To continue with the Niagara Falls historic theme my next visit was to the “Skylon The Falls 3D/4D Movie”, a movie theatre located at the base of the Skylon Tower that recounts the Niagara Falls story from a more fantasy-based angle. Special effects include gusts of air, sprays of water and moving seats that are intended to create a multi-sensory experience of the film.
It was time to continue my exploration of Niagara Falls, but I had to get closer. So I walked down Murray Street and turned right onto the Niagara Parkway, walking right next to the mighty Niagara River. The weather at this time was grey and chilly, and wet snow was falling. I was glad to take refuge in the Table Rock Centre, the shopping and restaurant complex right next to the edge of the Canadian Horseshoe Falls which was currently under renovation. Most of the souvenir shops and fast food outlets were open and I had a quick pizza and a charming conversation with five British ladies that were in Niagara Falls for a quick pre-Christmas getaway, their first time in Canada. They seemed to have a pretty jolly old time in Canada and took the clammy weather in strides – they were probably used to it.
Having satisfied my hunger I was ready to get truly up close and personal with the Falls: the “Journey behind the Falls” is one of the best ways to experience the true power of the Niagara Falls first-hand. I took the elevator down to the lower level at the Table Rock Centre and started my own journey behind the mighty Falls. Known until the early 1990s as the “Scenic Tunnels”, this attraction consists of two tunnels and an outside viewing platform. The tunnels date back to early 20th century and extend about 46 m behind the waterfall. I walked down the long underground corridors with their orange lighting and stopped intermittently to read the informational posters on the wall. These displays provide a description of the history of Niagara Falls, its geology and some of the famous visitors who include President Kennedy and Marilyn Monroe, who were both here on separate occasions.
Towards the end of the tunnel there are two smaller side tunnels, each leading to an opening, or a portal, that provides a view from behind the waterfalls. One of these portals was partially covered by icicles and presented a perfect motif for any passionate photographer. Access to the portals was blocked by a metal barrier for safety reasons, although in the past visitors could get much closer to the edge and admire the tumbling masses of water from just a few meters away. The dull roar of the falling water pervaded the entire underground space and provided an idea of the power of the millions of litres of water that fall down the Horseshoe Falls every second.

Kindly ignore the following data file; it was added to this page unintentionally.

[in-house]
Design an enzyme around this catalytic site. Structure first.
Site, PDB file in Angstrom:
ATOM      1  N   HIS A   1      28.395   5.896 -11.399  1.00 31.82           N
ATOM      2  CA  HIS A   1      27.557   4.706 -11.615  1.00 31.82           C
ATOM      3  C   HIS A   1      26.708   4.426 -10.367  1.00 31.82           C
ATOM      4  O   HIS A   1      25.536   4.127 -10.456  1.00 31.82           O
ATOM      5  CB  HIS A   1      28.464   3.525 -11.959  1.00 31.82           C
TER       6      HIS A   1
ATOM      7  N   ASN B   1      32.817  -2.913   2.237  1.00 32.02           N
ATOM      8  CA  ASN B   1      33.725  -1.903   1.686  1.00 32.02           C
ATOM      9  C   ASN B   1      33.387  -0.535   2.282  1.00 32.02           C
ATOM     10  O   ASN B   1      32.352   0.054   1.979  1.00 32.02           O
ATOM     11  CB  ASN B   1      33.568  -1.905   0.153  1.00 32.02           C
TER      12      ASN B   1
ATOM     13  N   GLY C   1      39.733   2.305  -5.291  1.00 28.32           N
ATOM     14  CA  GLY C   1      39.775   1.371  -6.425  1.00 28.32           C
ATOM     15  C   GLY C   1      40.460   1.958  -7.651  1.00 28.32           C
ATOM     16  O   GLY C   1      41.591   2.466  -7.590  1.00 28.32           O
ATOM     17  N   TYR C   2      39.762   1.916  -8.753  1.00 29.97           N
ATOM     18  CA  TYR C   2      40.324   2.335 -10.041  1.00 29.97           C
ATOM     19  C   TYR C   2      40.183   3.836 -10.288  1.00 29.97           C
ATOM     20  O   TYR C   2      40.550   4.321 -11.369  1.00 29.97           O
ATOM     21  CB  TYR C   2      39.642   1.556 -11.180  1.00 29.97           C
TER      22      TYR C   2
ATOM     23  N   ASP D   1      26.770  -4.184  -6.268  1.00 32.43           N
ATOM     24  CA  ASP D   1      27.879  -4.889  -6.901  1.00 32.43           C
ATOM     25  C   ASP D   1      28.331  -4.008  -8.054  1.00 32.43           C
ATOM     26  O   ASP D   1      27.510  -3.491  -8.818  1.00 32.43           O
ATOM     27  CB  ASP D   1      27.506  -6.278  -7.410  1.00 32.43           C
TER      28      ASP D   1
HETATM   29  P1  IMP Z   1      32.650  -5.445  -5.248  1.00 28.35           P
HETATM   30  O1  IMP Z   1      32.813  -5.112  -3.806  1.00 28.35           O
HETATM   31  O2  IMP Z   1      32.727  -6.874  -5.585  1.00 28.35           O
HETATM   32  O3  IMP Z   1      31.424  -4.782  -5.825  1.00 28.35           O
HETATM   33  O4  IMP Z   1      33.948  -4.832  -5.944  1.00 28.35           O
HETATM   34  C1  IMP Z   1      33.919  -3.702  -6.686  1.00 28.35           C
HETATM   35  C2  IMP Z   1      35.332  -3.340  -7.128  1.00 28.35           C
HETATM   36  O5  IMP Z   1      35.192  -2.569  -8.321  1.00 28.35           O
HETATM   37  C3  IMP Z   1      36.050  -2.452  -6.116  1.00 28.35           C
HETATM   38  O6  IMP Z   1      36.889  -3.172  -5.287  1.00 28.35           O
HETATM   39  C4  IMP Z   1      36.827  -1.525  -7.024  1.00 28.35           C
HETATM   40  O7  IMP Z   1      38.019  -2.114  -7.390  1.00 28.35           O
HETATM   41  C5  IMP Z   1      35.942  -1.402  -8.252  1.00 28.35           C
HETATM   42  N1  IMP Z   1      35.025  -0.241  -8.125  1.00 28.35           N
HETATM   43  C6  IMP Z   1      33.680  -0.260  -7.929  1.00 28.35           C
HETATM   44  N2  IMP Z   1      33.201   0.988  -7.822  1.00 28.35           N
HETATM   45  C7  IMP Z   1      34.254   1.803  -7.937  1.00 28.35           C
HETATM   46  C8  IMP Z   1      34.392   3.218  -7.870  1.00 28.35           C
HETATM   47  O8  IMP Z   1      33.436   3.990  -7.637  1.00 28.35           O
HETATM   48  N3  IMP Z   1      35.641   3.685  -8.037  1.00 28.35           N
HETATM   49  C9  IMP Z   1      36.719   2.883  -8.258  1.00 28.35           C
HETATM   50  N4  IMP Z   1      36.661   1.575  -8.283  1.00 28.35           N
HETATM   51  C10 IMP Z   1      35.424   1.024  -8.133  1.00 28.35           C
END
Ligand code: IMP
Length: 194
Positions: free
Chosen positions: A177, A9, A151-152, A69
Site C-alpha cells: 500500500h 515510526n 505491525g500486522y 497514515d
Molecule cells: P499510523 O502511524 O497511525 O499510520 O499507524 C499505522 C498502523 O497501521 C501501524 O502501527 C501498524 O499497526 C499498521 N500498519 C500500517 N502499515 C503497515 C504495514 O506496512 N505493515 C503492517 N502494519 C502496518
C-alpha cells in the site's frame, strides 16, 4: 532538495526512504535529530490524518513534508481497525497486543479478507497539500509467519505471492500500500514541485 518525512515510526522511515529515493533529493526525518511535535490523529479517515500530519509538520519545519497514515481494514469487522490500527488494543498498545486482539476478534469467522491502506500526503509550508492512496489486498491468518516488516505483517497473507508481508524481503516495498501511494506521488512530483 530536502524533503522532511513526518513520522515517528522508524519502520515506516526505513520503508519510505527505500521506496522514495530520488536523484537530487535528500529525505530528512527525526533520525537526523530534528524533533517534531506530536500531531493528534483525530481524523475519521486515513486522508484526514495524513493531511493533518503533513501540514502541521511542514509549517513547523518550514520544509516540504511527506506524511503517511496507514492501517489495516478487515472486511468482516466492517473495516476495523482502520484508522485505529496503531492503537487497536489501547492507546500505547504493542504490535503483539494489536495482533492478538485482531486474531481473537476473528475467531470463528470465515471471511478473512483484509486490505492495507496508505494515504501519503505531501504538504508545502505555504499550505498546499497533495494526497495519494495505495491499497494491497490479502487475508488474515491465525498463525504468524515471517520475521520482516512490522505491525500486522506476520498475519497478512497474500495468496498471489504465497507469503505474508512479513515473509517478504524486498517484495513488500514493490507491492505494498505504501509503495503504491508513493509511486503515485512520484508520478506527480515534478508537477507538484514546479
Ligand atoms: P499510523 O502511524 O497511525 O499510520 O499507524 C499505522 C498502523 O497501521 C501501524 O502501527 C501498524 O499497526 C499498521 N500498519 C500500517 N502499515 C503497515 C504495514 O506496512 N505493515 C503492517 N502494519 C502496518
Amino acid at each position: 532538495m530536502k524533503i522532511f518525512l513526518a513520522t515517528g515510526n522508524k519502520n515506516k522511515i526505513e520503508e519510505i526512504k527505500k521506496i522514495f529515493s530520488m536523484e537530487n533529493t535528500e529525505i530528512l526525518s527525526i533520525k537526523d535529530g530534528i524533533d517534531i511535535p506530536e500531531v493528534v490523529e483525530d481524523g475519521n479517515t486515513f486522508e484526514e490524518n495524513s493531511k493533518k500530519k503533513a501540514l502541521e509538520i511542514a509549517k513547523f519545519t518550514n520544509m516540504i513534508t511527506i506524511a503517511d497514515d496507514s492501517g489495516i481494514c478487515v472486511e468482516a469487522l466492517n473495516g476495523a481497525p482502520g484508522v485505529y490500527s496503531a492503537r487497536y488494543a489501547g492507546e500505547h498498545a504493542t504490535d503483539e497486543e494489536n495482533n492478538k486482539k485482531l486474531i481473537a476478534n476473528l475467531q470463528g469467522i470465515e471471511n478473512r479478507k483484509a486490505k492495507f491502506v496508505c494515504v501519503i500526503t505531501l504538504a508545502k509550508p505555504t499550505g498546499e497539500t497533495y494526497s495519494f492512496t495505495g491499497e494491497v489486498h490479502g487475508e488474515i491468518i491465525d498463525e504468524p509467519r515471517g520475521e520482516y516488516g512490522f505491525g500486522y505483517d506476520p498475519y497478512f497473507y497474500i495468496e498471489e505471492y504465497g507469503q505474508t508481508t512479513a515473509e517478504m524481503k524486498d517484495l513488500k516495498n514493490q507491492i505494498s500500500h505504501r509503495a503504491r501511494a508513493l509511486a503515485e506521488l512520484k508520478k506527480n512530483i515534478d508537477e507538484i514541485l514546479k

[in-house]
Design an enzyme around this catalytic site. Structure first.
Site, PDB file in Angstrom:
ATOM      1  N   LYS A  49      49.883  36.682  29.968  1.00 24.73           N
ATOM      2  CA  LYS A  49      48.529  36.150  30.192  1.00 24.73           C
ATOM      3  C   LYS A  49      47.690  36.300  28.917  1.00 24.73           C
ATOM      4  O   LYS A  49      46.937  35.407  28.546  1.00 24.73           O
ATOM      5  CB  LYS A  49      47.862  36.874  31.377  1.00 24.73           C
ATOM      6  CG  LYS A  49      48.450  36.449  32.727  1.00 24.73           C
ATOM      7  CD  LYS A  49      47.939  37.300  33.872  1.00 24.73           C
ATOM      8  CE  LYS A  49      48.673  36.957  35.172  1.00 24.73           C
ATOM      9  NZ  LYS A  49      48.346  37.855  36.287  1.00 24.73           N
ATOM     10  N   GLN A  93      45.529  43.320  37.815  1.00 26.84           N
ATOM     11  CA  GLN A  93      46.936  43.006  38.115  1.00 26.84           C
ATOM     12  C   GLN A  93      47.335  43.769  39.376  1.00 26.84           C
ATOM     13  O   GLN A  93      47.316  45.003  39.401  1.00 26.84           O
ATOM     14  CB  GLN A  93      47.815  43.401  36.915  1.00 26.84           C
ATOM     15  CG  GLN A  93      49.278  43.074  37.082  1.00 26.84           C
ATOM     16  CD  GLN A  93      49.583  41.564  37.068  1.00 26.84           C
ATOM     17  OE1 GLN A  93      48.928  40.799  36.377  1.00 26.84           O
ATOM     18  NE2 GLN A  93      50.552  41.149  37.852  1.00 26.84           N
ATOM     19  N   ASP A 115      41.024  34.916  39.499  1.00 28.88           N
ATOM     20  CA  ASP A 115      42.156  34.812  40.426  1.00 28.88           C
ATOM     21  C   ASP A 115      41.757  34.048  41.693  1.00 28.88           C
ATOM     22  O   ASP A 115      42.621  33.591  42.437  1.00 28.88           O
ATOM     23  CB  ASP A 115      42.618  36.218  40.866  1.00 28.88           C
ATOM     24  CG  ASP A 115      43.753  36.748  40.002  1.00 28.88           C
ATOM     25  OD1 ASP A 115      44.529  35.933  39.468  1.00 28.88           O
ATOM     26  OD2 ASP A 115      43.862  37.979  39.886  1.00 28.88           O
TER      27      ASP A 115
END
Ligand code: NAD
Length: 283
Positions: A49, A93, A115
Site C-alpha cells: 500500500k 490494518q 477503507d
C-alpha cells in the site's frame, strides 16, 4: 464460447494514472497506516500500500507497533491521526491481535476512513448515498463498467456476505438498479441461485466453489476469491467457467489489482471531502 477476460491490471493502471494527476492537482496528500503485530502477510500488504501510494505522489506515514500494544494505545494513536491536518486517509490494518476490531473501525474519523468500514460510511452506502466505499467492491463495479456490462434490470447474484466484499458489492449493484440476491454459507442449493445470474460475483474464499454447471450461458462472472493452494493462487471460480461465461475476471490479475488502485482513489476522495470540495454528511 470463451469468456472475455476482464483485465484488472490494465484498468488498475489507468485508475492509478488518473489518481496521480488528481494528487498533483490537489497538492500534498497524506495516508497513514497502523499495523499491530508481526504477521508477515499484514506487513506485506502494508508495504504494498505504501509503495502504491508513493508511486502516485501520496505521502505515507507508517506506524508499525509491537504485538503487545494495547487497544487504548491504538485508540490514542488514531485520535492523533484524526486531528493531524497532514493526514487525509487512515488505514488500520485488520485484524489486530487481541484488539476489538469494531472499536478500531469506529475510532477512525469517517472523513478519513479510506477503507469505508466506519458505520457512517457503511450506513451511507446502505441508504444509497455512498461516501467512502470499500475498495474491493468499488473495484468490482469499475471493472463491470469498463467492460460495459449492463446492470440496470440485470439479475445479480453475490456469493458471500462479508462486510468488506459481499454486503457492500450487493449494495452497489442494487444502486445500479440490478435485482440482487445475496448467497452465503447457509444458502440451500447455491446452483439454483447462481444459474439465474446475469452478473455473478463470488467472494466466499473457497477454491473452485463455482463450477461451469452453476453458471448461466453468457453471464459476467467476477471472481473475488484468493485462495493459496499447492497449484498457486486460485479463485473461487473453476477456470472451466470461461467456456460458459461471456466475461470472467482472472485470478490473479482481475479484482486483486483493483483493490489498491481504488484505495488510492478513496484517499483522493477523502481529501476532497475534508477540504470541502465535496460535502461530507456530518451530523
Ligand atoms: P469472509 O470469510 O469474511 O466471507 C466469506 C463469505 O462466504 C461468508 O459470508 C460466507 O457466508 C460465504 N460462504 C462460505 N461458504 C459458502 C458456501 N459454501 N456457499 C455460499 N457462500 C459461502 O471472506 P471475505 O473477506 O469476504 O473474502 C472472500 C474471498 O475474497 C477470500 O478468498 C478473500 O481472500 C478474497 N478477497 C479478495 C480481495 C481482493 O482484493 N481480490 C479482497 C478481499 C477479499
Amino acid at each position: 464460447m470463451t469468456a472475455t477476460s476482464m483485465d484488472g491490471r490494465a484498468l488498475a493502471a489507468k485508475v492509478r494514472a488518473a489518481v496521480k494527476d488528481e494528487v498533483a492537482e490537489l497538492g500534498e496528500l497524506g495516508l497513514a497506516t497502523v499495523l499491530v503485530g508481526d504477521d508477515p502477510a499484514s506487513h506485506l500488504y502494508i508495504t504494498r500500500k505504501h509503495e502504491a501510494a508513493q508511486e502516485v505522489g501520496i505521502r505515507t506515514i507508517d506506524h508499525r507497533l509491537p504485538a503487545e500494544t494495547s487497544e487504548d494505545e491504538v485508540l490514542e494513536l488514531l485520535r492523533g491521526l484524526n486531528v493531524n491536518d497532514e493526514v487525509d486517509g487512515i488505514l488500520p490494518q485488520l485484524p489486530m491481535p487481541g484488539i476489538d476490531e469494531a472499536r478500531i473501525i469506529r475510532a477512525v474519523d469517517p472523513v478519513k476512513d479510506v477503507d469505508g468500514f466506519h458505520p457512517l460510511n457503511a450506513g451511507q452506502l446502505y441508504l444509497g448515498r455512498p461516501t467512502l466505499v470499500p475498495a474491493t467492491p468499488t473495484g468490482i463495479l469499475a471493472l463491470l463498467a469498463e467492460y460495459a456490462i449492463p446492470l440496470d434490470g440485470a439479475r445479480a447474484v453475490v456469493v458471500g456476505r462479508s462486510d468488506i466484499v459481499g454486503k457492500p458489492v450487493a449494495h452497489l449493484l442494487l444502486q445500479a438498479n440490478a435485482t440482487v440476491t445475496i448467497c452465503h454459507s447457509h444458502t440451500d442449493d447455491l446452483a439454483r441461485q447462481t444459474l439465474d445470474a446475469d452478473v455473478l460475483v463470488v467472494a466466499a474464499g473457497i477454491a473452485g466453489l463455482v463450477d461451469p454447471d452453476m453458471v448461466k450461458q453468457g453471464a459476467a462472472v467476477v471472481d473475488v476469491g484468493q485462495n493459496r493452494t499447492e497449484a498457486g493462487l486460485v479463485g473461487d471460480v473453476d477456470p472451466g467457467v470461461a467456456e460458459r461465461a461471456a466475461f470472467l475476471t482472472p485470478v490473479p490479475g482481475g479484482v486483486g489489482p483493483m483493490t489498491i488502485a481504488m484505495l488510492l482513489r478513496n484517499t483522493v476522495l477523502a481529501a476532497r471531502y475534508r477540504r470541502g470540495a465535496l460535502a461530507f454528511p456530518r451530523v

The statistics illustrate why Niagara Falls is considered one of the natural Wonders of the World: the Canadian Horseshoe Falls, the most impressive of the three falls in Niagara Falls, have a length of over 670 metres, and their height is 53 metres which makes Niagara Falls the most powerful waterfall in North America. The depth of the Niagara River below the Horsehoe Falls is estimated to be 56 metres. The straight line crest of the American Falls is 253 metres. About 90% of the water of the Niagara River plunges over the Horseshoe Falls while the other 10% make their way down the American Falls and the Bridal Veil Falls which are separated from the Canadian Falls by Goat Island, an uninhabited island that provides great vantage points of all the cascades.
I had now reached the outside observation platform that provides an excellent lateral view of the curtain of the Horseshoe Falls as they plunge into the river below. Tourists from all over the world were feverishly taking pictures of this unique sight. Even on this grey day the view was impressive and the thunder of the cascading masses of water filled the air as one fifth of the world’s fresh water was crashing 13 stories down into the river below.
Duly impressed by this natural wonder, I made my way back up and strolled back along the Niagara River’s edge to my vehicle, which I had parked conveniently at the Fallsview Casino Resort. I was pondering what to do next and because I felt thoroughly chilled I was looking for a nice place to warm up in.
I found just such a place just a few minutes drive away from the Horseshoe Falls: Bird Kingdom, one of Niagara Falls’, Ontario, newer attractions. This tropical destination was surely going to revive my chilled bones and it was going to be my next stop on my Niagara Falls discoveries.
write by Dermot